Cloud computing, cloud accounting and cloud storage: the cloud has become home to most of our data. But what is it, exactly? And is it really suitable for freelancers and small businesses? It is more than that: Small business owners profit immensely from cloud software – except for one big concern.
Imagine a cloud. Now, what do you see?
To most of us, a cloud is that white fuzzy thing up in the sky. Looking at it from above through the window of an airplane, clouds look firm and cozy – as if they would catch you, and keep you safe should anything happen to that airplane. We all know this isn’t true, though: clouds basically are an accumulation of frozen crystals or water drops in the atmosphere. As dense and firm they might look from afar, clouds are always transparent and permeable if analyzed closely. The same goes for the cloud we mean when we say cloud computing.
What is the Cloud?
Basically, the Cloud is an accumulation of digital data collected on servers around the world. Just as the cloud up in the sky, the data cloud is transparent and permeable in the sense that it can be reached from anywhere else, from any other device through a digital network. Instead of storing all the information on each device, the cloud keeps the data at the same place, making it accessible to anyone who wants (and is allowed) to see them from there.
The Story of Cloud Computing
The term cloud computing dates back to the 1990ies, although it is not entirely clear where it really came from. In 1994, in an essay about the wonders of Macintosh published in Wired magazine there is talk of a “Cloud (…) where a single program can go and travel to many different sources of information and create sort of a virtual service”. In 2006, Amazon introduced the Elastic Compute Cloud, enabling businesses as well as private users to rent virtual computers. Since then, the cloud has become ubiquitous: most of us use cloud storage to share and store our data. And many of us use software run from the cloud, which is called Software as a service (SaaS).
The Cloud and Software as a service (SaaS)
Software as a service (SaaS) takes cloud computing to the next level. SaaS makes use of the cloud to store and manage data to run an entire software environment right there, up in the cloud. With an SaaS solution in the cloud, an entire application is running from a browser – absolutely no installation needed. In contrast to the cloud up in the sky, working in the digital cloud feels firm and cozy up close, too: the user experience for a program run from the cloud is no different than for a program run from your hard-drive. Except for the obvious advantages, of course.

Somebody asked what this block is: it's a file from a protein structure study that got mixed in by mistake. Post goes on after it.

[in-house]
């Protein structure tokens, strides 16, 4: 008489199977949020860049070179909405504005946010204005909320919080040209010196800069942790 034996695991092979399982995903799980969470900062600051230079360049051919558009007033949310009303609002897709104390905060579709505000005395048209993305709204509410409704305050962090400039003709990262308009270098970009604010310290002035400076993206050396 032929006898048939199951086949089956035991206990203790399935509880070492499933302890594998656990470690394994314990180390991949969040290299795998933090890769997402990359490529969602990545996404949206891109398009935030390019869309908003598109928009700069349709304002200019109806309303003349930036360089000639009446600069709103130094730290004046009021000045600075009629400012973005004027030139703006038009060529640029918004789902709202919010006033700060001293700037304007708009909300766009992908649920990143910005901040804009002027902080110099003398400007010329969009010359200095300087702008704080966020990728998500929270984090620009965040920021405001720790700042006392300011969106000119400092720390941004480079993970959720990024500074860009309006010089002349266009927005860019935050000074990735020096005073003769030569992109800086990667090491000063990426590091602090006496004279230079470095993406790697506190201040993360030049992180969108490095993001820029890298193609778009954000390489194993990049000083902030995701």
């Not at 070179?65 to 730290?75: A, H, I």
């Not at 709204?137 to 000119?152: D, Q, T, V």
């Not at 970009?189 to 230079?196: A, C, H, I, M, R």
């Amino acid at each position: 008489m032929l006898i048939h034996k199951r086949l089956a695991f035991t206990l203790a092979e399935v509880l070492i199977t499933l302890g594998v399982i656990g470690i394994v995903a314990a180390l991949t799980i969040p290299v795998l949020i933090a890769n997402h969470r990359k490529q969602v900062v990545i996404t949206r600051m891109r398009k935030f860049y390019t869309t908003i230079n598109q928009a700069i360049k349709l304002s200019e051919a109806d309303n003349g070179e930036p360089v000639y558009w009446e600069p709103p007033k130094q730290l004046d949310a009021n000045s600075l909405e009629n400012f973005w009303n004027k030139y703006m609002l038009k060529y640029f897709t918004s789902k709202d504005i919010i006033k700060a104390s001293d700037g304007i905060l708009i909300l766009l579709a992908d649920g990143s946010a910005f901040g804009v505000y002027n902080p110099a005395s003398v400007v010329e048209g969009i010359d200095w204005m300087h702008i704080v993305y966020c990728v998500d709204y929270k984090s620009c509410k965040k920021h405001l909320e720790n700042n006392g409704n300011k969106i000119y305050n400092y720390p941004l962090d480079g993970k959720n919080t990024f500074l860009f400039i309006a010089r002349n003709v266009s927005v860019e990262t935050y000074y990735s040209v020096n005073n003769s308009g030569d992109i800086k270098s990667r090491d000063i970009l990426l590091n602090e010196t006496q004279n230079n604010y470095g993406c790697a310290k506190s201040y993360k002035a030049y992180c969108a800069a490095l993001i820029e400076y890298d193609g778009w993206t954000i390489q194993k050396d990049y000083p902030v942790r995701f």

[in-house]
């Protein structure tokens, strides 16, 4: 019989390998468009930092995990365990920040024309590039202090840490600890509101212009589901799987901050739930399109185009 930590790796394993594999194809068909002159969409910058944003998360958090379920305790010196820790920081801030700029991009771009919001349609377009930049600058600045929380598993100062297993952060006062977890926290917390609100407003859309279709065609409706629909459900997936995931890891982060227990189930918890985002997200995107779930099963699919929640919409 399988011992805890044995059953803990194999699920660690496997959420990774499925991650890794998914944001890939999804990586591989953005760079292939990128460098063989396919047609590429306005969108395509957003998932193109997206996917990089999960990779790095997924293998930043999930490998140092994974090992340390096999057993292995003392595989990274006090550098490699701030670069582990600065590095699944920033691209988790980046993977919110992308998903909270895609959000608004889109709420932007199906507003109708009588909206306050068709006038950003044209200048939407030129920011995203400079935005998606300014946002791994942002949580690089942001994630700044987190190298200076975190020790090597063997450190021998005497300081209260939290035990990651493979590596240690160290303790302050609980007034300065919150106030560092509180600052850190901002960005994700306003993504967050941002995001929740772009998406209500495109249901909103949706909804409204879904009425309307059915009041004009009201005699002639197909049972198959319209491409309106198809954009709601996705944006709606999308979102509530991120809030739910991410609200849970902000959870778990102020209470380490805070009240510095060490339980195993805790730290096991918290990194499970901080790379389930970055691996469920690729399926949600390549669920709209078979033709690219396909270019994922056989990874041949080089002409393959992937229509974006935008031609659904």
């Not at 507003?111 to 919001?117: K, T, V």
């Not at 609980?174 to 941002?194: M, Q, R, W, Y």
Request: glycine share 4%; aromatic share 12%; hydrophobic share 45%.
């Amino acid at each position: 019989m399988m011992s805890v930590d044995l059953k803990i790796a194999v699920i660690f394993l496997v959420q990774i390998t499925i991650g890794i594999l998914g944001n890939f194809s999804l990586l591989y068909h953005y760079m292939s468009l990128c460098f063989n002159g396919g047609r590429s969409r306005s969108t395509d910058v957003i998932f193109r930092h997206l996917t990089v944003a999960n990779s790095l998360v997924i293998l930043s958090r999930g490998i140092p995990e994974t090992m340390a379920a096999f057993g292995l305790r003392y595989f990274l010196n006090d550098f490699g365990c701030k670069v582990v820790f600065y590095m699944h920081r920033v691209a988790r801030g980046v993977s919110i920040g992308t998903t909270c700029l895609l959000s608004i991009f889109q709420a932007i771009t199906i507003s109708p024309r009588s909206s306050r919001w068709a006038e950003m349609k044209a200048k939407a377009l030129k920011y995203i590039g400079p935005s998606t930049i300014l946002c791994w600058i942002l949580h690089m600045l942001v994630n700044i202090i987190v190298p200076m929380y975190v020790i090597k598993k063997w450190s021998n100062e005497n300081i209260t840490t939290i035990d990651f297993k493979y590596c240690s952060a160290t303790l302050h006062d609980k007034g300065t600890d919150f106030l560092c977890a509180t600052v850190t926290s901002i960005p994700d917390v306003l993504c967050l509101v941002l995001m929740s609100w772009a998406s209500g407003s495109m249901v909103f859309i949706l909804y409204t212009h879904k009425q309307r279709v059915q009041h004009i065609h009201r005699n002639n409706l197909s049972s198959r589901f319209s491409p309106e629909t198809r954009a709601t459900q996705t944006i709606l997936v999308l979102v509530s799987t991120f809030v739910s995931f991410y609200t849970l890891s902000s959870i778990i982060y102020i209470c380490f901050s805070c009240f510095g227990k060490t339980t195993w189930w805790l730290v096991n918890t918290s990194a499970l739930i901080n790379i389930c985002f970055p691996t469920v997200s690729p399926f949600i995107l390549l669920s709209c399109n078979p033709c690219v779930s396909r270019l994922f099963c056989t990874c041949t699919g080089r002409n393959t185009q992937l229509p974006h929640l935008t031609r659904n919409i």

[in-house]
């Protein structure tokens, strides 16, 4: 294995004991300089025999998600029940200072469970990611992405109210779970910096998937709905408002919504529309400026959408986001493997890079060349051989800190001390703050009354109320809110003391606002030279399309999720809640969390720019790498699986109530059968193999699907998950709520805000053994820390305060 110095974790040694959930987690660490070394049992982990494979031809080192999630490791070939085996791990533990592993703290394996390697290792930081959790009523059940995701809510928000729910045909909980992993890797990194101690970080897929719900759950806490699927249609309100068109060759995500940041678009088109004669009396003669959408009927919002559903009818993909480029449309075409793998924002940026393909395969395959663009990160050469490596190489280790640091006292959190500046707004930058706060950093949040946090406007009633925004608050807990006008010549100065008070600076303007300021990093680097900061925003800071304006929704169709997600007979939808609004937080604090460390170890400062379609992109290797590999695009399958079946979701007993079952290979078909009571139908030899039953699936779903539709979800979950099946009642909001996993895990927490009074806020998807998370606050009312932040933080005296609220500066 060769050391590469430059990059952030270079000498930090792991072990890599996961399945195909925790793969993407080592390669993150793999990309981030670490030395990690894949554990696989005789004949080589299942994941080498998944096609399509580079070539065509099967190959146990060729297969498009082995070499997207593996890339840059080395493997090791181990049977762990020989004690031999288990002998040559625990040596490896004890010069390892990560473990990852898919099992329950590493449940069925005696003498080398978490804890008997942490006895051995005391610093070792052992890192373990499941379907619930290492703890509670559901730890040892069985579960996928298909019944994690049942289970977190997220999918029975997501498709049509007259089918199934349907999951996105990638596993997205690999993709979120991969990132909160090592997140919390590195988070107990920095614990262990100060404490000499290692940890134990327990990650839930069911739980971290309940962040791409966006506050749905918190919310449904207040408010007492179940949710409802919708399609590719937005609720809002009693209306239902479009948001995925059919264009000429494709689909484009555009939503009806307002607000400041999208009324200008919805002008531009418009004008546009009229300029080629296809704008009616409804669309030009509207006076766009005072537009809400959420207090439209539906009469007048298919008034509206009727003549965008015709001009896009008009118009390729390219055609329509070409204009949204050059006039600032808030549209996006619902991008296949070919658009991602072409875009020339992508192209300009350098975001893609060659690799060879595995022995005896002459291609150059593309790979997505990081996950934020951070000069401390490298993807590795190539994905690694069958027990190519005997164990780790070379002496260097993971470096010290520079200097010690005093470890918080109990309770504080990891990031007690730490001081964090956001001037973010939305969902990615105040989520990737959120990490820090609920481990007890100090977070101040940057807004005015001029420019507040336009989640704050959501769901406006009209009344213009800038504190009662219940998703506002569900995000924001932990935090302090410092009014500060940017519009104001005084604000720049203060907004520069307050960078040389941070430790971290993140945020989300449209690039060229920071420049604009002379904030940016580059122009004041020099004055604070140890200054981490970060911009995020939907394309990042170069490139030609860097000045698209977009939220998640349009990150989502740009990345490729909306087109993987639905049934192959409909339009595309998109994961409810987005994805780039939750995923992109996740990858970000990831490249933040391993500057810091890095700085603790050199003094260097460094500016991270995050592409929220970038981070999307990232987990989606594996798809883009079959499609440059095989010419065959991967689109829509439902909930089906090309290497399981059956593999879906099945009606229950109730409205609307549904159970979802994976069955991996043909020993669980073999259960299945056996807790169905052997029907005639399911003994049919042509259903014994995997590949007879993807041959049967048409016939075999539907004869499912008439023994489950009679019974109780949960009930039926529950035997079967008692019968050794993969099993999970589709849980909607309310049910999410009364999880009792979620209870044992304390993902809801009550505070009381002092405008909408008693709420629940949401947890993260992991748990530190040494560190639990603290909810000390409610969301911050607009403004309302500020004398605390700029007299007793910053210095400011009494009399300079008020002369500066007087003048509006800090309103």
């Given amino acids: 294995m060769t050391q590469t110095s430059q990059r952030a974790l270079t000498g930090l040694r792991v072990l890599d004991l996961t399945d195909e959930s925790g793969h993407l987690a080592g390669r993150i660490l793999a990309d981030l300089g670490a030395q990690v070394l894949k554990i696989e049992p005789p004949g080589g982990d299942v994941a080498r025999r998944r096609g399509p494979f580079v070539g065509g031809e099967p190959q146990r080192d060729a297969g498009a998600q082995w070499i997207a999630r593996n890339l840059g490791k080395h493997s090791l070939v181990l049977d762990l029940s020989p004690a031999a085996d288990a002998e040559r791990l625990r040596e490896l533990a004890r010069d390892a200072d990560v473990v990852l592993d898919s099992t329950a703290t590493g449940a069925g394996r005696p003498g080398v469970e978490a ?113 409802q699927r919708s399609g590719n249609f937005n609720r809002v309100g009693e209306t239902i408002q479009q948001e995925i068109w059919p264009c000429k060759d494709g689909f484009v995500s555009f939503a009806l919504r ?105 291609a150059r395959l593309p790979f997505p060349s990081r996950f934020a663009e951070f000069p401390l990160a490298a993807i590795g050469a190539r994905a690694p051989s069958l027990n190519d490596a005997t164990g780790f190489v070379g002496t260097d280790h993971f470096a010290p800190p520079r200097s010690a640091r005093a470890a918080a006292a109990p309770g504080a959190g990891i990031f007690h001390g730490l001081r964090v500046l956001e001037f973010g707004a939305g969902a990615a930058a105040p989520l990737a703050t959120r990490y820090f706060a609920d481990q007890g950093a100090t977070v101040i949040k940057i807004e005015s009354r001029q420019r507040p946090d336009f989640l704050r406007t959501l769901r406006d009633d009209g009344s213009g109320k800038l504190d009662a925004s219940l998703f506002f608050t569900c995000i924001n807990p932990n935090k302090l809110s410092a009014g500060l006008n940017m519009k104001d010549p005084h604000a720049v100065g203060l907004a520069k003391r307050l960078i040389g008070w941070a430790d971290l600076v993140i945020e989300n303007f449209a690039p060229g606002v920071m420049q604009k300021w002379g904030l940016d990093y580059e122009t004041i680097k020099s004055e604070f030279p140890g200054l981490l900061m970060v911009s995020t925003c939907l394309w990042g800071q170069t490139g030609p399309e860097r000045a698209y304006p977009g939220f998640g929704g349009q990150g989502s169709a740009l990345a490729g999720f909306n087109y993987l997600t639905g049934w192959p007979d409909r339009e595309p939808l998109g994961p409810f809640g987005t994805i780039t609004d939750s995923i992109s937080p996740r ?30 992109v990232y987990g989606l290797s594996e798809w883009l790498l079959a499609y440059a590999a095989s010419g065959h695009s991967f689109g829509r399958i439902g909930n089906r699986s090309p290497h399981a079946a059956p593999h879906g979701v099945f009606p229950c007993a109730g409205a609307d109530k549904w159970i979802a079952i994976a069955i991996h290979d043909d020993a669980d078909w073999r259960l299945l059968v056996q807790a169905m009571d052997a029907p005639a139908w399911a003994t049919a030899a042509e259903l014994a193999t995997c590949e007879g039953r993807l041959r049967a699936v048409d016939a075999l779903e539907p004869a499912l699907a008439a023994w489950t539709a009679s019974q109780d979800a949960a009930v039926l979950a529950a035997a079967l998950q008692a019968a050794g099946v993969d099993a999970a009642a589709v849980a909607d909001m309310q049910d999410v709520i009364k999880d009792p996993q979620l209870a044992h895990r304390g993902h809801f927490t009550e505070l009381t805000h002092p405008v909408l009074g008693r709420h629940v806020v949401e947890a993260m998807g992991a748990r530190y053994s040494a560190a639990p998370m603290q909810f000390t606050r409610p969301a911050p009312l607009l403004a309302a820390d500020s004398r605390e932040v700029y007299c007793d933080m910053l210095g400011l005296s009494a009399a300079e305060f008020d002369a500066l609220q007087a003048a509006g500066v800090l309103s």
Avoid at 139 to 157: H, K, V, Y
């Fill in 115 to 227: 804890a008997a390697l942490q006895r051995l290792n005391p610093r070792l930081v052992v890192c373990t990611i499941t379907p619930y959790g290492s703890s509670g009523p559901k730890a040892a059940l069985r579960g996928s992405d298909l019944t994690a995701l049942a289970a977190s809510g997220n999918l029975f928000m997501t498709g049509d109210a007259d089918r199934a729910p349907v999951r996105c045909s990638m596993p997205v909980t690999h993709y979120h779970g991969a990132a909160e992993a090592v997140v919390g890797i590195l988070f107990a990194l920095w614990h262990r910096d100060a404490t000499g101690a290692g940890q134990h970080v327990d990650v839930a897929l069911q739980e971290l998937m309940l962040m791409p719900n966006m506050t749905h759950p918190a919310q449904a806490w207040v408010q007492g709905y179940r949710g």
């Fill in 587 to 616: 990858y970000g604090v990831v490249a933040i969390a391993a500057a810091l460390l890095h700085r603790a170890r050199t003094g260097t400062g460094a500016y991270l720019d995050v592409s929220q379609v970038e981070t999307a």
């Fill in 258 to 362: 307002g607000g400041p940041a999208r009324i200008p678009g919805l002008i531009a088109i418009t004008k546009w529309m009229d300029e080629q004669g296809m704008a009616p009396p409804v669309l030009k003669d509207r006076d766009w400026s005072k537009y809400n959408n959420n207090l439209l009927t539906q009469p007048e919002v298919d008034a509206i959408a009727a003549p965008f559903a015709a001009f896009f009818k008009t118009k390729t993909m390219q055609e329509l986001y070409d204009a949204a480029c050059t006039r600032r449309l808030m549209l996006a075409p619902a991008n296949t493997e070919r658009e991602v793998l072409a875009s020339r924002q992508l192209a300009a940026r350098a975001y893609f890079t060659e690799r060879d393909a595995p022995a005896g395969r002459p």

The advantages of Cloud computing and SaaS
The cloud is so popular because it suits the needs of the future of work: it enables people to work from anywhere, any device, any time. This means:
- Freedom of work
No need for the 9 to 5 cubicle days anymore, tied to a desktop computer and a hard-drive. Instead, employees can log in and get to work wherever they are, whenever they can. Employers on the other hand can take the pilots seat, having all the necessary data perfectly visible whenever they need them.
- Always up-to-date
Cloud software is always up to date, no hassle with updates and data synchronization. Using Software as Service means outsourcing the responsibility for keeping your applications securely updated.
- No back-ups needed
If a device is lost or broken, all the data are still safe and accessible in the cloud. This is a huge plus for freelancers and small business owners who can’t afford an army of IT specialists to keep their systems up and running.
There is one big concern of cloud computing, though.
Security in the Cloud
The number one concern of cloud computing is security. Rightly so: data stored up in the cloud is transparent by nature, meaning anyone could access them – if they can get in, that is. This is why security and privacy should be top priority of any serious cloud service. Outsourcing the responsibility for data and software needs a lot of trust from the user. SaaS providers need to make sure they keep earning the trust. MoneyPenny, for example, has taken the highest possible security measures to keep your business data safe. Freelancers and small businesses need to make sure that the service they use protects their professional data. (Read more about our security measures.)
Cloud Software for Small Business and Freelancers
Running your business from the cloud as a small business owner means trusting the cloud with sensible business data from clients, employees as well as your earnings or (god forbid) losses. As for privacy, users need to make sure their data won’t be re-used or even sold by the cloud service provider. At MoneyPenny, it is our strong believe that your data belong to you and no-one else. Unlike other cloud services out there, we don’t have any interest in making money with your data. Selling data is not part of our business model because, plainly speaking, we think it is immoral.
All we want is to provide small businesses and freelancers with top-notch business software, make it accessible to them (and only them!) from anywhere, anytime they need it. We strongly believe in the power of living your passion and loving your work – up there, in the beautiful cloud.
Enjoy the ride!